[Openmcl-devel] save-application questions.

Gary Byers gb at clozure.com
Wed Feb 15 19:06:11 PST 2006

On Wed, 15 Feb 2006, Michael Price wrote:

> Thanks for the usual quick and thorough reply Gary. It has sparked
> another question or two.
> On 2/15/06, Gary Byers <gb at clozure.com> wrote:
>> :PURIFY and :IMPURIFY are (as one might imagine) inverses of each other.
>> To "purify" the image in OpenMCL is to arrange for immutable, likely
>> long-lived objects (the "code-vector" components of functions and the
>> pnames of interned symbols, currently) be copied to a read-only ("pure")
>> section of memory.  There are some memory-management benefits related
>> to this (pure/read-only memory is easier on the OS's VM system and
>> OpenMCL's GC can mostly ignore that stuff), but in some circumstances
>> it may be necessary or desirable to undo this (making everything slosh
>> around in the Big Dynamic Memory Pool.)
> Having never written a GC or a lisp runtime, I'm having trouble
> imagining the scenario where you want or need to undo this. Can you
> provide an example?

[I'm traveling  at the moment; the "high speed Internet access" that 
this hotel offers makes me feel old, since I'm having vivid 300 baud
modem flashbacks.  If there are more typos than usual in this reply,
that's my excuse.]

"impure" code ordinarily gets GCed, so if you do:

(defun foo (x y) (+ x y))

then redefine  FOO as

(defun foo (x y) (- x y)))

the old definition will (assuming that nothing else references it) get
GCed.  (That'd free up all of a few of dozen bytes, including maybe 2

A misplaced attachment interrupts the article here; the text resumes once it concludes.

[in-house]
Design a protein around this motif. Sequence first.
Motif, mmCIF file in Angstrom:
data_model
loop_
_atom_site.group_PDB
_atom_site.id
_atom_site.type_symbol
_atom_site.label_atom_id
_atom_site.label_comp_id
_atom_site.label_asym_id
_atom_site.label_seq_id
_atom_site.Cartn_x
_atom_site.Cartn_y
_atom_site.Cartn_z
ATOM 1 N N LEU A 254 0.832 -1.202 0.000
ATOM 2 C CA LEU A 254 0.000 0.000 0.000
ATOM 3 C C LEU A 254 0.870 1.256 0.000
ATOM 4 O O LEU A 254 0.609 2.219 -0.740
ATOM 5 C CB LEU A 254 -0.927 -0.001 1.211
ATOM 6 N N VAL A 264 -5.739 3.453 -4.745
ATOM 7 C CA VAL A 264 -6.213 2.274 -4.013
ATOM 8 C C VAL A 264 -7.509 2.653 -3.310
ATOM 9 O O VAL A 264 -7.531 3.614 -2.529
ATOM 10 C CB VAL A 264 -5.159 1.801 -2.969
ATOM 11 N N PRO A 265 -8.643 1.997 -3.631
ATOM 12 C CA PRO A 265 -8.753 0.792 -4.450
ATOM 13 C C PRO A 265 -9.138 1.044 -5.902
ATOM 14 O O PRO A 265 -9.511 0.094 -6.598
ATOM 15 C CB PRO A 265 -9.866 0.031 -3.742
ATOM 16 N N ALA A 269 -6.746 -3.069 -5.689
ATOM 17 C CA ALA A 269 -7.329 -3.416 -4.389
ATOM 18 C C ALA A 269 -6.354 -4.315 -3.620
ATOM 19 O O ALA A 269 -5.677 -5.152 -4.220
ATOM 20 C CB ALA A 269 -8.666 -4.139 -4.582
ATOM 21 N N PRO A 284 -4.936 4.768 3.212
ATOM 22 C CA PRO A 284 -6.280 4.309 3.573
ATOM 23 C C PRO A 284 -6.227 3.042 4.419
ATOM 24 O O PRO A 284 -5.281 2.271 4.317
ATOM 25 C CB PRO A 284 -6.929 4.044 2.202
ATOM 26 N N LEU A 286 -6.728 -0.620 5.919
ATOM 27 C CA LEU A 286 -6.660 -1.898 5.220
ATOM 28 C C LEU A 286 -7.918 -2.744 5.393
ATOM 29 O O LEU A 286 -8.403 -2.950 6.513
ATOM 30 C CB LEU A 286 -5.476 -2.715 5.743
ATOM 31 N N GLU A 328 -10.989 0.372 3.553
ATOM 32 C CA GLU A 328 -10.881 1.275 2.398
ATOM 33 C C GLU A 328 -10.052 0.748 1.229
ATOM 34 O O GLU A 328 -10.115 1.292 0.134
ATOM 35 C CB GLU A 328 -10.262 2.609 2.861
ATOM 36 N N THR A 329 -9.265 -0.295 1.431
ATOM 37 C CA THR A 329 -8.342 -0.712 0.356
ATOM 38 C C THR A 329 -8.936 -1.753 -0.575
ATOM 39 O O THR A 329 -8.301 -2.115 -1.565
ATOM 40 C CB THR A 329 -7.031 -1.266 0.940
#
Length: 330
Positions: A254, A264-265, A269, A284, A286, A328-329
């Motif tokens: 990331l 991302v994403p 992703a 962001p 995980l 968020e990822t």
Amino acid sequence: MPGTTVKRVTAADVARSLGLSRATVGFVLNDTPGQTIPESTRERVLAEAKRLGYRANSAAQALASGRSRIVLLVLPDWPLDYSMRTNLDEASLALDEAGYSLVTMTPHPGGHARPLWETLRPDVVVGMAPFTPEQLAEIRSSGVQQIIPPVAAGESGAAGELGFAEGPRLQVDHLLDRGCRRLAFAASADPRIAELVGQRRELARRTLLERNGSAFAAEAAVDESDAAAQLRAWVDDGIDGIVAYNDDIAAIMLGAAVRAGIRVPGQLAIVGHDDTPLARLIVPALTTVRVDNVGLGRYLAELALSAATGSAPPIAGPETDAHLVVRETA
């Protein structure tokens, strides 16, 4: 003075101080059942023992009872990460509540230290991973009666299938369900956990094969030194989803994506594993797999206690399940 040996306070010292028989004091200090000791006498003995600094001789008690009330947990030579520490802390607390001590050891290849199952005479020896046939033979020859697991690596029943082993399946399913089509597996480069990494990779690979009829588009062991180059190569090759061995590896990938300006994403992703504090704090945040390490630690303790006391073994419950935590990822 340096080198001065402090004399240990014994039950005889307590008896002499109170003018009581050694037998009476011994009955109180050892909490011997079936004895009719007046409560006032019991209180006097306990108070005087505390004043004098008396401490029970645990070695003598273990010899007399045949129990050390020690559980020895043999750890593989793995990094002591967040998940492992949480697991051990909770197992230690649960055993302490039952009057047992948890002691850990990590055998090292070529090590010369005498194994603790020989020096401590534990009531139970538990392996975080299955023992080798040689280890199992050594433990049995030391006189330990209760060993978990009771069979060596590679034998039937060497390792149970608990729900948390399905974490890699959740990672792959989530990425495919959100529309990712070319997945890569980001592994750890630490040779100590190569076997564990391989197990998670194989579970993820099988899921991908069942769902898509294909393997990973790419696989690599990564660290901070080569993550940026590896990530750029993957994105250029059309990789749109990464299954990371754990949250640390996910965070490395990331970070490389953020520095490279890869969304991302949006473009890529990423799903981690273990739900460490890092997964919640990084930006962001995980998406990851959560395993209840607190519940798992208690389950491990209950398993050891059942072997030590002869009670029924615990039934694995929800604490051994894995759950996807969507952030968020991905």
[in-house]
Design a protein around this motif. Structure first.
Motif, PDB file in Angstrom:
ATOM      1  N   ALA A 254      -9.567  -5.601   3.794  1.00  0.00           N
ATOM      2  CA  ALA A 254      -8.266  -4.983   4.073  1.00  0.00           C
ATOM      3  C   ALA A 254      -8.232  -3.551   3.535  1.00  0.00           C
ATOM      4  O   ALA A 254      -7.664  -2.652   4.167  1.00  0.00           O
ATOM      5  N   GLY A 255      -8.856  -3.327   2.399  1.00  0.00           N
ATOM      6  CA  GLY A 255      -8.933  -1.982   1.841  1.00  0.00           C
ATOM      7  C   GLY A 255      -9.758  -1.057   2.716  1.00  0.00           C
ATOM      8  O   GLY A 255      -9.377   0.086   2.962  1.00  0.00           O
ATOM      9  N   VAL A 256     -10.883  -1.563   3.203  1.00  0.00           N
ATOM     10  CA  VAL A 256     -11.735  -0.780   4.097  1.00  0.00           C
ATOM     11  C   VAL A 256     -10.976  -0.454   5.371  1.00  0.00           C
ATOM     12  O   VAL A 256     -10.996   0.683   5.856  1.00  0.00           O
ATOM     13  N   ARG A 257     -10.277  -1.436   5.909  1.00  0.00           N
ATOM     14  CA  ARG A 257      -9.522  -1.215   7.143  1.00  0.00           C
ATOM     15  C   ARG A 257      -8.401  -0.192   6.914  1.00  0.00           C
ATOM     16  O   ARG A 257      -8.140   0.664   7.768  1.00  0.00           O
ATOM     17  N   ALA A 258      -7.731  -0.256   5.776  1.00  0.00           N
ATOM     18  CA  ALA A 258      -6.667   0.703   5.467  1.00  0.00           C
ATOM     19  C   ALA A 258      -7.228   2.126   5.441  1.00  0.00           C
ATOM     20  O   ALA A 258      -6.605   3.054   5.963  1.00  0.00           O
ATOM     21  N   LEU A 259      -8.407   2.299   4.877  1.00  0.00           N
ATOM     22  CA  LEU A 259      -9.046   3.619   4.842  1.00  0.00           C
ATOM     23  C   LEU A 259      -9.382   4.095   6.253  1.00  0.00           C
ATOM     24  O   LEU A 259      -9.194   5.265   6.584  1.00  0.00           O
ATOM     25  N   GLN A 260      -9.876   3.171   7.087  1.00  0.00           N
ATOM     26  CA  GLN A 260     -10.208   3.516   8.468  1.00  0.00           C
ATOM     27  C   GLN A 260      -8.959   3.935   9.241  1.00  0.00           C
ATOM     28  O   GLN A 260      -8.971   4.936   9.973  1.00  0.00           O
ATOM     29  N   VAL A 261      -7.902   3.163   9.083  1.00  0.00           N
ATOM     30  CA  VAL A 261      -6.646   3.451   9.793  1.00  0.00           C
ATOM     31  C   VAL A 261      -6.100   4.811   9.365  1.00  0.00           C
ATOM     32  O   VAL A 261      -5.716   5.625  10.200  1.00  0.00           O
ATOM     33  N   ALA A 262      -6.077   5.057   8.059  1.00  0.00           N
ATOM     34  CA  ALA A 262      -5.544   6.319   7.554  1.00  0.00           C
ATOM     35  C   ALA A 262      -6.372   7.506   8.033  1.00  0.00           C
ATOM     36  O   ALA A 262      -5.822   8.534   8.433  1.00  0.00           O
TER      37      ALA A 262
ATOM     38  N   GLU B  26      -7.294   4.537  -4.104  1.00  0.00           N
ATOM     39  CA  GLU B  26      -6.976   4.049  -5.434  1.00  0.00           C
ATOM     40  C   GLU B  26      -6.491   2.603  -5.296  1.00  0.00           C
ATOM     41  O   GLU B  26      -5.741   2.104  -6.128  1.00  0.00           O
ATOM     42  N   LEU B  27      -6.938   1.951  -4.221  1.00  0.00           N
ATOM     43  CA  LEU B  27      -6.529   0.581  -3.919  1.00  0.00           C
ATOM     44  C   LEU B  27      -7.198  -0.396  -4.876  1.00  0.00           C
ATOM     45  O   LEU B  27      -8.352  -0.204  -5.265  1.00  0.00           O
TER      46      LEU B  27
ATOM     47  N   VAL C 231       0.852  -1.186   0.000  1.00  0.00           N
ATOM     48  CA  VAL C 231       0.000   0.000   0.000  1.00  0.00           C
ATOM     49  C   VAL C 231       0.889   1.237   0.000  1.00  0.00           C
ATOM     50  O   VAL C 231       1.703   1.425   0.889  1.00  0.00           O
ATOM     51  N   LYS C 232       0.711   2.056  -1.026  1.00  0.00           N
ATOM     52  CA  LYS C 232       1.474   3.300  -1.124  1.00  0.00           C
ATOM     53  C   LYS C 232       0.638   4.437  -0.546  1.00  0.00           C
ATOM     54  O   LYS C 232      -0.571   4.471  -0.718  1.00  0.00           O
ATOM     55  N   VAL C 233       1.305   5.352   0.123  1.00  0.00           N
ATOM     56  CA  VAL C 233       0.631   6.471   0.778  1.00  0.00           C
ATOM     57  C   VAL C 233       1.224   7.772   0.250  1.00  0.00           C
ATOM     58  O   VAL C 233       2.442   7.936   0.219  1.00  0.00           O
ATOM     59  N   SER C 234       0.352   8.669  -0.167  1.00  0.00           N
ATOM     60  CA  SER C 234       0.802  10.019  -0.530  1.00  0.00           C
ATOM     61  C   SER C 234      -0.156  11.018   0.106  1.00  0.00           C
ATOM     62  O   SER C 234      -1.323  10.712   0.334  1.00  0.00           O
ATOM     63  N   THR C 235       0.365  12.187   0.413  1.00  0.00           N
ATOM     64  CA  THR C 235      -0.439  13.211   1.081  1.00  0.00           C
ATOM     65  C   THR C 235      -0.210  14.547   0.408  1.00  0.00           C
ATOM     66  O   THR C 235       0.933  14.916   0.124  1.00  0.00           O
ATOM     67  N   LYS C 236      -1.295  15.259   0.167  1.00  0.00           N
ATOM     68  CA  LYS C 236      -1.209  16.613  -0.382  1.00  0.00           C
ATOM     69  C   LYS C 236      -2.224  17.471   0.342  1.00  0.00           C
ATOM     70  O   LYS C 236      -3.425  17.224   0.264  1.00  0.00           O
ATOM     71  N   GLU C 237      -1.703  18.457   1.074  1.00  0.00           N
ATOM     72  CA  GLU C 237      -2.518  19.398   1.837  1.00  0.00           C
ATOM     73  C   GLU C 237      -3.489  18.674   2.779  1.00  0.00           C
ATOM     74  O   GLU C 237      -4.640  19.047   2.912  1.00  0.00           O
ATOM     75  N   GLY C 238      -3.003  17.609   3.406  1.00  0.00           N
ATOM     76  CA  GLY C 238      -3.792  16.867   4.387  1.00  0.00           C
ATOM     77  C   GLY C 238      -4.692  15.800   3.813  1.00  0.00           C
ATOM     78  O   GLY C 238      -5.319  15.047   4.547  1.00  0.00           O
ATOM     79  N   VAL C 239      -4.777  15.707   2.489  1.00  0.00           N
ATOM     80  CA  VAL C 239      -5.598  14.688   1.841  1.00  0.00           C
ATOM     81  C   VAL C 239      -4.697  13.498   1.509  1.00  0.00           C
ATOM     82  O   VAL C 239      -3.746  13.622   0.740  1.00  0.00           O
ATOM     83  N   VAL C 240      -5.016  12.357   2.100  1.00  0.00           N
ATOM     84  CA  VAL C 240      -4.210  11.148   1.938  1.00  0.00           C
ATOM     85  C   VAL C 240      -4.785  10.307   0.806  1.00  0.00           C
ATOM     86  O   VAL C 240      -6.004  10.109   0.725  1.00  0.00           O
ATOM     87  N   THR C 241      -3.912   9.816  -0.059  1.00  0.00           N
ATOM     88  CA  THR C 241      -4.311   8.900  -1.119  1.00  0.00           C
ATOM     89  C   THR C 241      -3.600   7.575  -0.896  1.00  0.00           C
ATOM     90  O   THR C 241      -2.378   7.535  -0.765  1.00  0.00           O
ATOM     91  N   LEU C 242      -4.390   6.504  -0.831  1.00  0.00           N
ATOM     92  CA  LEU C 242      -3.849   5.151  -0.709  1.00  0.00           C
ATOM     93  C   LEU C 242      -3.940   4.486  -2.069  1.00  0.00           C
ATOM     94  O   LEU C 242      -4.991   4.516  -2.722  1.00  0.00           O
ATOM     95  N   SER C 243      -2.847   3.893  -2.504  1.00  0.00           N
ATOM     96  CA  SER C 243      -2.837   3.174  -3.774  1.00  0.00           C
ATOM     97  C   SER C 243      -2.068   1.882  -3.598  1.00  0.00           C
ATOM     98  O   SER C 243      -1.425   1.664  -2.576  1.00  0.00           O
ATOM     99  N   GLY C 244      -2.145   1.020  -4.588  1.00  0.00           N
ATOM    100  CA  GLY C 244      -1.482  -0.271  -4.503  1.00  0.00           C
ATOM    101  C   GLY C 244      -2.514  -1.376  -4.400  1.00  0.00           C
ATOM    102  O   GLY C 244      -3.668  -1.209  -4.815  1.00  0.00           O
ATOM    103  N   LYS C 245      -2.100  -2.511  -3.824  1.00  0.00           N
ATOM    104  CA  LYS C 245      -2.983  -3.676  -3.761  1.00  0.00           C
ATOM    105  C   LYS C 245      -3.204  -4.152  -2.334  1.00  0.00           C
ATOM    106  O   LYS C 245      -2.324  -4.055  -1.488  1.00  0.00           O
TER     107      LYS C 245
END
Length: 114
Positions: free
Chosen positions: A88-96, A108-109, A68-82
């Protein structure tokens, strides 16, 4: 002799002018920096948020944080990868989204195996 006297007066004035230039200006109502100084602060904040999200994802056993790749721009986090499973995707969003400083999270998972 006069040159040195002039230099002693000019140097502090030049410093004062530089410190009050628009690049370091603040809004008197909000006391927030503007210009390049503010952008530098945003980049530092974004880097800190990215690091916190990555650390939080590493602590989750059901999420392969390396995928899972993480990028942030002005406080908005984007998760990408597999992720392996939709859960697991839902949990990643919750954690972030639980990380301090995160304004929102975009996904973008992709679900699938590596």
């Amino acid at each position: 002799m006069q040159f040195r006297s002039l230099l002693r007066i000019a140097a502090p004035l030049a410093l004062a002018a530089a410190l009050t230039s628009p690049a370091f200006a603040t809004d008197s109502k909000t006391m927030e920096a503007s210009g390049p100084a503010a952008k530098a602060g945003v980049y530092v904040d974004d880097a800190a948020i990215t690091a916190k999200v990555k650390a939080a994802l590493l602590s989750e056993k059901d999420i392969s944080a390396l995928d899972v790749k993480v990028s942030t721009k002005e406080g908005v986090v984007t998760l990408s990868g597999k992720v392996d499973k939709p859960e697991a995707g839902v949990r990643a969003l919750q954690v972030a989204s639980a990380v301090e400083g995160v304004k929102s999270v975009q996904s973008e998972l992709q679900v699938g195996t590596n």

dozen or so bytes used bythe code vector component of the function.)

If we did a SAVE-APPLICATION between those two definitions of FOO,
the code vector associated with the first definition would have
been copied to a pure, readonly memory section.  The GC doesn't
even look at such a memory section and won't bother trying to
determine whether the things in pure memory are alive or not
(that's one of the reasons for having put them there in the first
place.)  The couple of dozen bytes of machine code in the obsolete
definition would be wasted, but it's unlikely to be worth the effort
to try to reclaim them.

If we replace the scenario

a) define FOO
c) redefine foo,  losing a few dozen bytes


a) load large system takes a while to initialize itself
c) redefine most or all of the large system, possibly losing many MB

then one motivation for having the ability to "impurify" things might
be clearer.

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